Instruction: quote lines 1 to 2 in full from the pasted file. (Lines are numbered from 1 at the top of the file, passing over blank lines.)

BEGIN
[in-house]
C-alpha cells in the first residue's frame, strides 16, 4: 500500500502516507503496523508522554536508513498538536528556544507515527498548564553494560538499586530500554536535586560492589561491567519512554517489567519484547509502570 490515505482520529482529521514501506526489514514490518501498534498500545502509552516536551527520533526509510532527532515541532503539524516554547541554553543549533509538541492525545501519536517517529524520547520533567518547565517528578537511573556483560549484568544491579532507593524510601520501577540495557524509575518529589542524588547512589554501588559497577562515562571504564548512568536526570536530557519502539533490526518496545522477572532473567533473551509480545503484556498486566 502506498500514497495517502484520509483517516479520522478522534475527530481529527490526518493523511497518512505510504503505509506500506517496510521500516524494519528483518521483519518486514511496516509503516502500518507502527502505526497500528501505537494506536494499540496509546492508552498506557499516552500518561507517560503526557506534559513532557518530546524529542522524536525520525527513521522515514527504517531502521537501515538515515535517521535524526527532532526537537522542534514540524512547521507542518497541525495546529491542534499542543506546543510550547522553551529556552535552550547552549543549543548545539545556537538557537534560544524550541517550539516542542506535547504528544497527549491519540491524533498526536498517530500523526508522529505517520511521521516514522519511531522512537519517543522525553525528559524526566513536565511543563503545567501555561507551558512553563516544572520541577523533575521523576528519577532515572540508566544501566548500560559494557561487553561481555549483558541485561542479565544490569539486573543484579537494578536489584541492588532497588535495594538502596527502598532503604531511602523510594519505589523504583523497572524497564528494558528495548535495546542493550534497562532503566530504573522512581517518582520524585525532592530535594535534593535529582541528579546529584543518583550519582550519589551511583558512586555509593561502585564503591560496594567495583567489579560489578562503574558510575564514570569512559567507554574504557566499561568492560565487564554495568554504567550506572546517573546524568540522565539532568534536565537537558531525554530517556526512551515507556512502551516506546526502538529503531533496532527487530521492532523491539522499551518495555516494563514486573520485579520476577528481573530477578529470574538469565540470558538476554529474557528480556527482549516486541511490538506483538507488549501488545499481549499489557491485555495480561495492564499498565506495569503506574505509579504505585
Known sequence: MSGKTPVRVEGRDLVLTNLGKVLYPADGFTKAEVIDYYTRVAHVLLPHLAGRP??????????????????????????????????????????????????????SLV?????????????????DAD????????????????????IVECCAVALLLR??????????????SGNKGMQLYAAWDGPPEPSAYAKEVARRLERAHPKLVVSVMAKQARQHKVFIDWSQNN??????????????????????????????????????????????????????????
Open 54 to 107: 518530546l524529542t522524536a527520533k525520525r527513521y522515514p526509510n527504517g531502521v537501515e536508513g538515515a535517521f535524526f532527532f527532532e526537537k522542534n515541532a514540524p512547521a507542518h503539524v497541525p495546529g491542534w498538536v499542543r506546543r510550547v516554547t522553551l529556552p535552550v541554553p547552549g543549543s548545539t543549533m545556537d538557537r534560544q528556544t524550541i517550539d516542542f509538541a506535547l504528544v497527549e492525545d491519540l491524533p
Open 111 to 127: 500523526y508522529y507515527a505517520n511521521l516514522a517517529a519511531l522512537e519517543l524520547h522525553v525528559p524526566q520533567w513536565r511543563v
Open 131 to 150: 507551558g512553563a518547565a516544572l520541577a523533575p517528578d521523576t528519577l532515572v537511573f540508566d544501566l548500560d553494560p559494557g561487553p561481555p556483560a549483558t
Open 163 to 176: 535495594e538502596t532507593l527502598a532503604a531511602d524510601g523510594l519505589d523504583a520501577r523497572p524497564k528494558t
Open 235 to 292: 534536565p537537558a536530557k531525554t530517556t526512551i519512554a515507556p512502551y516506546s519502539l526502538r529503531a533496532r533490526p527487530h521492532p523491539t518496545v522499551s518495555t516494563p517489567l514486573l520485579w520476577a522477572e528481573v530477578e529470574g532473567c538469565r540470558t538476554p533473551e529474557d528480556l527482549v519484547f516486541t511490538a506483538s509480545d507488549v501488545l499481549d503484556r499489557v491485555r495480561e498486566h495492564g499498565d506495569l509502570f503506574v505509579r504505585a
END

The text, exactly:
[in-house]
C-alpha cells in the first residue's frame, strides 16, 4: 500500500502516507503496523508522554536508513498538536528556544507515527498548564553494560538499586530500554536535586560492589561491567519512554517489567519484547509502570 490515505482520529482529521514501506526489514514490518501498534498500545502509552516536551527520533526509510532527532515541532503539524516554547541554553543549533509538541492525545501519536517517529524520547520533567518547565517528578537511573556483560549484568544491579532507593524510601520501577540495557524509575518529589542524588547512589554501588559497577562515562571504564548512568536526570536530557519502539533490526518496545522477572532473567533473551509480545503484556498486566 502506498500514497495517502484520509483517516479520522478522534475527530481529527490526518493523511497518512505510504503505509506500506517496510521500516524494519528483518521483519518486514511496516509503516502500518507502527502505526497500528501505537494506536494499540496509546492508552498506557499516552500518561507517560503526557506534559513532557518530546524529542522524536525520525527513521522515514527504517531502521537501515538515515535517521535524526527532532526537537522542534514540524512547521507542518497541525495546529491542534499542543506546543510550547522553551529556552535552550547552549543549543548545539545556537538557537534560544524550541517550539516542542506535547504528544497527549491519540491524533498526536498517530500523526508522529505517520511521521516514522519511531522512537519517543522525553525528559524526566513536565511543563503545567501555561507551558512553563516544572520541577523533575521523576528519577532515572540508566544501566548500560559494557561487553561481555549483558541485561542479565544490569539486573543484579537494578536489584541492588532497588535495594538502596527502598532503604531511602523510594519505589523504583523497572524497564528494558528495548535495546542493550534497562532503566530504573522512581517518582520524585525532592530535594535534593535529582541528579546529584543518583550519582550519589551511583558512586555509593561502585564503591560496594567495583567489579560489578562503574558510575564514570569512559567507554574504557566499561568492560565487564554495568554504567550506572546517573546524568540522565539532568534536565537537558531525554530517556526512551515507556512502551516506546526502538529503531533496532527487530521492532523491539522499551518495555516494563514486573520485579520476577528481573530477578529470574538469565540470558538476554529474557528480556527482549516486541511490538506483538507488549501488545499481549499489557491485555495480561495492564499498565506495569503506574505509579504505585